St Regis Paper found guilty of falsifying environmental data by UK court

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St Regis Paper found guilty of falsifying environmental data by UK court

October 21, 2010 - 00:16
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ROTHERHAM, UK, Oct. 21, 2010 (Press Release) -The UK's largest waste paper recycling company has been convicted of misleading the Environment Agency over the quality of effluent discharged from its papermill into a Devon river.

A technical manager at St Regis Paper Co Ltd was also found guilty of falsifying records at the end of a six day trial at Exeter Crown Court.

The company operates a papermill at Higher Kings Mill, Cullompton under a Pollution Prevention and Control permit issued by the Environment Agency. The permit contained a condition that the company monitors its own effluent treatment plant and reports the results to the Agency.

In 2004, the Agency informed St Regis Paper that stricter controls on effluent quality were due to come into force in early 2005 and asked the company to provide a timetable of improvements to its effluent treatment plant to ensure it complied with the new discharge limits.

The company said it had made inquiries with a firm of effluent treatment specialists and been advised the cost of improvements to its treatment system at Higher Kings Mill could be as high as £1.2 million. The company asked for extra time to put an upgrade into effect and stated that in the meantime it planned to install an aeration system in an attempt to improve the quality of effluent discharged into the River Culm.

In early 2005 the company told the Agency the aeration trial using the oxygenation equipment had achieved ‘positive results' and no longer needed the extra time.

However, the Agency noticed that a number of the effluent quality results for a period between 2005 - 2007 submitted by St Regis Paper were ‘suspiciously close' to the permitted limits. In March 2008 an officer asked to see the company's daily environmental records sheets and noticed that one had been altered from a value (100mg/l) in excess of the limit to just below the permitted maximum of 60mg/l.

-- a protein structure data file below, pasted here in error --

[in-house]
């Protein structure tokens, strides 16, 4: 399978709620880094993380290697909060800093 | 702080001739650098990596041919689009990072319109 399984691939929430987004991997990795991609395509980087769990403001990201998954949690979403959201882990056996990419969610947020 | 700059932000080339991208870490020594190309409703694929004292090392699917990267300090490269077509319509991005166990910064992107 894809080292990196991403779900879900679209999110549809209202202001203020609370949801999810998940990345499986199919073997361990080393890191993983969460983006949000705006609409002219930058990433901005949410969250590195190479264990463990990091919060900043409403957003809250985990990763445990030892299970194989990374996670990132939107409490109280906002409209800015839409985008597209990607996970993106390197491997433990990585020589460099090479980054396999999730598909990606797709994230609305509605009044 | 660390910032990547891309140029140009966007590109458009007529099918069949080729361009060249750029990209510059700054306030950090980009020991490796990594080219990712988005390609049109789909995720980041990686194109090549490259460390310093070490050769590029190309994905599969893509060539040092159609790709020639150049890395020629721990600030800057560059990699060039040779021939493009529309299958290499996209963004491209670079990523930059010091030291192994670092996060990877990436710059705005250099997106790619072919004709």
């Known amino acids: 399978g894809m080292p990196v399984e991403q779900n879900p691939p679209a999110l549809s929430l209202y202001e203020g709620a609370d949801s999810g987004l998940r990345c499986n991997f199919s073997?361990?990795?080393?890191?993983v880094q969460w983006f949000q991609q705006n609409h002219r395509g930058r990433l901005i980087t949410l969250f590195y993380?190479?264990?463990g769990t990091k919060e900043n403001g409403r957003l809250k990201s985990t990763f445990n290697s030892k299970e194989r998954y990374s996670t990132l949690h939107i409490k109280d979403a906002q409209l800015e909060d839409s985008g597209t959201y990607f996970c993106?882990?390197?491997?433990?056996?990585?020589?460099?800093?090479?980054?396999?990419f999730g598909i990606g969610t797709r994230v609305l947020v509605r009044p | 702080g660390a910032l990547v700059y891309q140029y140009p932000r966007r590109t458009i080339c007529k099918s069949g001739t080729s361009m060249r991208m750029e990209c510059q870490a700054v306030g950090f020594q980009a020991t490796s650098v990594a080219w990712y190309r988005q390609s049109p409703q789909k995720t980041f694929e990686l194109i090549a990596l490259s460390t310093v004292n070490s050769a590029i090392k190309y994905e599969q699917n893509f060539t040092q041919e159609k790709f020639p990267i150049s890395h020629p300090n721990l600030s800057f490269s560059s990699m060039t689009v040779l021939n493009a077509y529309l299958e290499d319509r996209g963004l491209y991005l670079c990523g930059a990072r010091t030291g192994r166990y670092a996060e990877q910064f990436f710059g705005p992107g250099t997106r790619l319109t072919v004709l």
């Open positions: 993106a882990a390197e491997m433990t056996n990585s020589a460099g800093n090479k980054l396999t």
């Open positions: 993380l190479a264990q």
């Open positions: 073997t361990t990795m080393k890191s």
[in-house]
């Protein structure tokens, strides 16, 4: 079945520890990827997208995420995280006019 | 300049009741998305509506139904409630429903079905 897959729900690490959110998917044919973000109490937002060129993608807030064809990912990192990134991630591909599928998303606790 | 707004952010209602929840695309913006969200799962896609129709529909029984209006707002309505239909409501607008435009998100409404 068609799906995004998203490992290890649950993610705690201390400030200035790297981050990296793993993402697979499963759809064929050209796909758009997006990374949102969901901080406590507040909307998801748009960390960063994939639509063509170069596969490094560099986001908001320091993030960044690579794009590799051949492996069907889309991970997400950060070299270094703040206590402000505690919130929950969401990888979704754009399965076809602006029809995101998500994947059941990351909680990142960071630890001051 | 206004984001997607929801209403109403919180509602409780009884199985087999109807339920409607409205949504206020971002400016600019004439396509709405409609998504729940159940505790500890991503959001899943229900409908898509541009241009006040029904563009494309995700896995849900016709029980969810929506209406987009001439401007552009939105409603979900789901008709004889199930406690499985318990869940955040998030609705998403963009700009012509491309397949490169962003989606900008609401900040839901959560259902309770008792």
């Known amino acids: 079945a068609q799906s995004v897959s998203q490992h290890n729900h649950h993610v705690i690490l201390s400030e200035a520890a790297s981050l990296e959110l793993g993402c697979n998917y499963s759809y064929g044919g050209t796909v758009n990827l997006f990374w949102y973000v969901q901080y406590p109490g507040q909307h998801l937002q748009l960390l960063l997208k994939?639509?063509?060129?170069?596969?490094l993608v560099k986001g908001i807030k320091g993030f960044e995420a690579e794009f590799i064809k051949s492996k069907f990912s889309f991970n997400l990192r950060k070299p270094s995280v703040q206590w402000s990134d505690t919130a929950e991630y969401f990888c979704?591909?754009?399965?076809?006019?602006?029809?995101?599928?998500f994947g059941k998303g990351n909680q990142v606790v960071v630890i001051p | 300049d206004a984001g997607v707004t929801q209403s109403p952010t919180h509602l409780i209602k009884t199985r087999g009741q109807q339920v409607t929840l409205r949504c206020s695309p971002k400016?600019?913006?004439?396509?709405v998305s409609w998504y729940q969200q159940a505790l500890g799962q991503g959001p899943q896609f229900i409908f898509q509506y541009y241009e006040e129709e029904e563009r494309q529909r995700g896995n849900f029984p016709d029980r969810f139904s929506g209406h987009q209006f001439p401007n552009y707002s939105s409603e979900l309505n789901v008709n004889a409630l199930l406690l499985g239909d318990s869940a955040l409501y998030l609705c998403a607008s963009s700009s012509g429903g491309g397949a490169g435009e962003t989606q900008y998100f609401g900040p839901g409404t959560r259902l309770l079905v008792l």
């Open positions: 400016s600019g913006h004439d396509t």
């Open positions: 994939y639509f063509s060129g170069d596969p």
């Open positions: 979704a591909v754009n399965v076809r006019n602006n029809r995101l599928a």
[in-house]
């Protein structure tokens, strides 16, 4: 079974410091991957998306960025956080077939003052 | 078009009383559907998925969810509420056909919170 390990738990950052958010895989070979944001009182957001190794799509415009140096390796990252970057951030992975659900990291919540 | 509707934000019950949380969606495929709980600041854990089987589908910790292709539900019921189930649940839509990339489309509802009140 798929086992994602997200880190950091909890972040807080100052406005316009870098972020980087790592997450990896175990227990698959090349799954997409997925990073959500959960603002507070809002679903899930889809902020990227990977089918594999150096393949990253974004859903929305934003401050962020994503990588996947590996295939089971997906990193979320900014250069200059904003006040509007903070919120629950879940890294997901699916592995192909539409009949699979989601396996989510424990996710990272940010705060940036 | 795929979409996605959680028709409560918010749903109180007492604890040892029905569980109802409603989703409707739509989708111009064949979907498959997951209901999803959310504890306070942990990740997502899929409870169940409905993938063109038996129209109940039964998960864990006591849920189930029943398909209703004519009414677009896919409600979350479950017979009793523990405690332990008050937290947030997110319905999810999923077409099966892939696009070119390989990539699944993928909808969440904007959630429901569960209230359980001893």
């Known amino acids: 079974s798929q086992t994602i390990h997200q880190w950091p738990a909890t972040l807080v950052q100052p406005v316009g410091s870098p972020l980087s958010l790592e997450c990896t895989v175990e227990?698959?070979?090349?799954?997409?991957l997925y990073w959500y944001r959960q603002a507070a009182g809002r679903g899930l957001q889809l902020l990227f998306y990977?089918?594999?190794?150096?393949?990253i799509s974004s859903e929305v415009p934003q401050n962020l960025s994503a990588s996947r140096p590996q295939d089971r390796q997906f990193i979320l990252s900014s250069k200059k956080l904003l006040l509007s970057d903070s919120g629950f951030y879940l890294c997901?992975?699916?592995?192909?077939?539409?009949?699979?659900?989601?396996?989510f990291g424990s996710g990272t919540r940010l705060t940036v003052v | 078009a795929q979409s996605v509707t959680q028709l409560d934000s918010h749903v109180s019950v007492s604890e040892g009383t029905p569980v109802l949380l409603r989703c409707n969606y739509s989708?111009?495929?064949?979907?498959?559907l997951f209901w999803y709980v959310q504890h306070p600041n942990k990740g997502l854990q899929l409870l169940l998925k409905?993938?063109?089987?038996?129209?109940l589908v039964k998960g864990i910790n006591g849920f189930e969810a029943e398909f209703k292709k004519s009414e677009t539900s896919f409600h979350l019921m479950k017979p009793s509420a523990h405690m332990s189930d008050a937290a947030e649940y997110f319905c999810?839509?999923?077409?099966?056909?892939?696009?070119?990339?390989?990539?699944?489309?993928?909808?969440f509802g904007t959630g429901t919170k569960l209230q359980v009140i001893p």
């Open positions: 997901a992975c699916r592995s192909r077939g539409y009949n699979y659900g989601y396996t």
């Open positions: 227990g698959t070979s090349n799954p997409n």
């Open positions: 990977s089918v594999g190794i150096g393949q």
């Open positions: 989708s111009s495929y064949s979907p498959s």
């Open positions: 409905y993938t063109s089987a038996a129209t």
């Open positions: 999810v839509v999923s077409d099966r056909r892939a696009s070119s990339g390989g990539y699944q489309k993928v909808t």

When an officer later asked to see copies of the 2007 record sheets he was told it was not possible because they ‘had been destroyed.' An effluent sample taken by the Environment Agency on March 6, 2008 had a Biochemical Oxygen Demand (BOD) level two and a half times above the permitted limit.

A jury heard that a freshwater dilution system was installed to dilute effluent with river water before it reached the sampling point. This dilution system was not brought to the attention of the Agency which was unaware of its existence.

St Regis Paper Co Ltd is part of DS Smith PLC, an international company making packaging materials and office products. The parent company has annual turnover of £2 billion with a gross profit of £109 million. Higher Kings Mill makes coloured card for office and educational markets. St Regis Paper Co Ltd is the largest recycler of waste paper in the UK.

‘The deliberate falsifying of records strikes at the cornerstone of our permitting system that is based on self monitoring by the Operator. By presenting the performance of its effluent treatment plant as being better than it was, the company saved a considerable amount of money by not having to carry out major improvement works,' said Spence Seaman for the Environment Agency.

‘This case sends out a strong message to the business community and should deter others from falsifying environmental data. Allowing companies to self monitor involves trust. If a business fails to keep its side of the bargain the Environment Agency will take action,' said Spence Seaman.

The trial ended on Monday (Oct 18) with St Regis Paper Co Ltd and the company's technical manager, Christopher Steer, being found guilty of falsifying environmental monitoring data and concealing illegal discharges from the Environment Agency in contravention of the PPC Regulations 2000.

The case against Mr Steer was adjourned for sentencing until November 29, 2010. The case against St Regis Paper Co Ltd was adjourned until April 2011 following the Environment Agency's decision to make a Proceeds of Crime Application.